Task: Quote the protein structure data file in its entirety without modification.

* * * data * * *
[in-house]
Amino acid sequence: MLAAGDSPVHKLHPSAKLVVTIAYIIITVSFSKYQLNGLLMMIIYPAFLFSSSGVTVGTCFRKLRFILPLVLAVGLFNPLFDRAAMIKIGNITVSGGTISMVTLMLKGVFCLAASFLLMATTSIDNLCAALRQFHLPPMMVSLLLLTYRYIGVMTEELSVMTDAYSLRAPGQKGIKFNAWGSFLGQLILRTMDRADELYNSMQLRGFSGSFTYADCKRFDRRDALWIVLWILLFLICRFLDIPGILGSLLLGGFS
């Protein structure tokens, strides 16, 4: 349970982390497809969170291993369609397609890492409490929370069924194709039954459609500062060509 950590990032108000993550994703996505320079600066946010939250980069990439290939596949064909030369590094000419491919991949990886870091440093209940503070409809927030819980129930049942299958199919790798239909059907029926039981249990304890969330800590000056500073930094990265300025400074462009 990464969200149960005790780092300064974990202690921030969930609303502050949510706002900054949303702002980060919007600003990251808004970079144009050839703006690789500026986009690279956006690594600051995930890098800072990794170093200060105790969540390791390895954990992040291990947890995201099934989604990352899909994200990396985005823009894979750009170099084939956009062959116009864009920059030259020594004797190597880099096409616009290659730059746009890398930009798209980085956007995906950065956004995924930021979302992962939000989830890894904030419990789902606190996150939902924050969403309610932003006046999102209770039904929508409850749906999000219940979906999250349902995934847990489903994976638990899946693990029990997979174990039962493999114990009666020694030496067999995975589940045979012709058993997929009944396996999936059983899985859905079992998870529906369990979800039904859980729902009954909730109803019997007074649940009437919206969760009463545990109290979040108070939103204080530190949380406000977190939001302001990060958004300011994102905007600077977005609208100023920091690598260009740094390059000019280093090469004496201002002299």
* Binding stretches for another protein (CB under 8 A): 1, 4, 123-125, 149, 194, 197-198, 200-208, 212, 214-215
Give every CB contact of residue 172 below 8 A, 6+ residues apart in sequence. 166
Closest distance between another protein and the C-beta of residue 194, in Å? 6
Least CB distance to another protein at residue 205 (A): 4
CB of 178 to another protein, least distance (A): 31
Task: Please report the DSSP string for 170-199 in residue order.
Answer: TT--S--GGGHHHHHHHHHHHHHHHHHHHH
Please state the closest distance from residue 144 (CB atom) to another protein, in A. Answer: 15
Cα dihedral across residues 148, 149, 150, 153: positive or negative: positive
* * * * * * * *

[in-house]
Amino acid sequence: MLAAGDSPVHKLHPSAKLVVTIAYIIITVSFSKYQLNGLLMMIIYPAFLFSSSGVTVGTCFRKLRFILPLVLAVGLFNPLFDRAAMIKIGNITVSGGTISMVTLMLKGVFCLAASFLLMATTSIDNLCAALRQFHLPPMMVSLLLLTYRYIGVMTEELSVMTDAYSLRAPGQKGIKFNAWGSFLGQLILRTMDRADELYNSMQLRGFSGSFTYADCKRFDRRDALWIVLWILLFLICRFLDIPGILGSLLLGGFS
């Protein structure tokens, strides 16, 4: 349970982390497809969170291993369609397609890492409490929370069924194709039954459609500062060509 950590990032108000993550994703996505320079600066946010939250980069990439290939596949064909030369590094000419491919991949990886870091440093209940503070409809927030819980129930049942299958199919790798239909059907029926039981249990304890969330800590000056500073930094990265300025400074462009 990464969200149960005790780092300064974990202690921030969930609303502050949510706002900054949303702002980060919007600003990251808004970079144009050839703006690789500026986009690279956006690594600051995930890098800072990794170093200060105790969540390791390895954990992040291990947890995201099934989604990352899909994200990396985005823009894979750009170099084939956009062959116009864009920059030259020594004797190597880099096409616009290659730059746009890398930009798209980085956007995906950065956004995924930021979302992962939000989830890894904030419990789902606190996150939902924050969403309610932003006046999102209770039904929508409850749906999000219940979906999250349902995934847990489903994976638990899946693990029990997979174990039962493999114990009666020694030496067999995975589940045979012709058993997929009944396996999936059983899985859905079992998870529906369990979800039904859980729902009954909730109803019997007074649940009437919206969760009463545990109290979040108070939103204080530190949380406000977190939001302001990060958004300011994102905007600077977005609208100023920091690598260009740094390059000019280093090469004496201002002299």
* Binding stretches for another protein (CB under 8 A): 1, 4, 123-125, 149, 194, 197-198, 200-208, 212, 214-215
Give every CB contact of residue 172 below 8 A, 6+ residues apart in sequence. 166
Closest distance between another protein and the C-beta of residue 194, in Å? 6
Least CB distance to another protein at residue 205 (A): 4
CB of 178 to another protein, least distance (A): 31
Task: Please report the DSSP string for 170-199 in residue order.
Answer: TT--S--GGGHHHHHHHHHHHHHHHHHHHH
Please state the closest distance from residue 144 (CB atom) to another protein, in A. Answer: 15
Cα dihedral across residues 148, 149, 150, 153: positive or negative: positive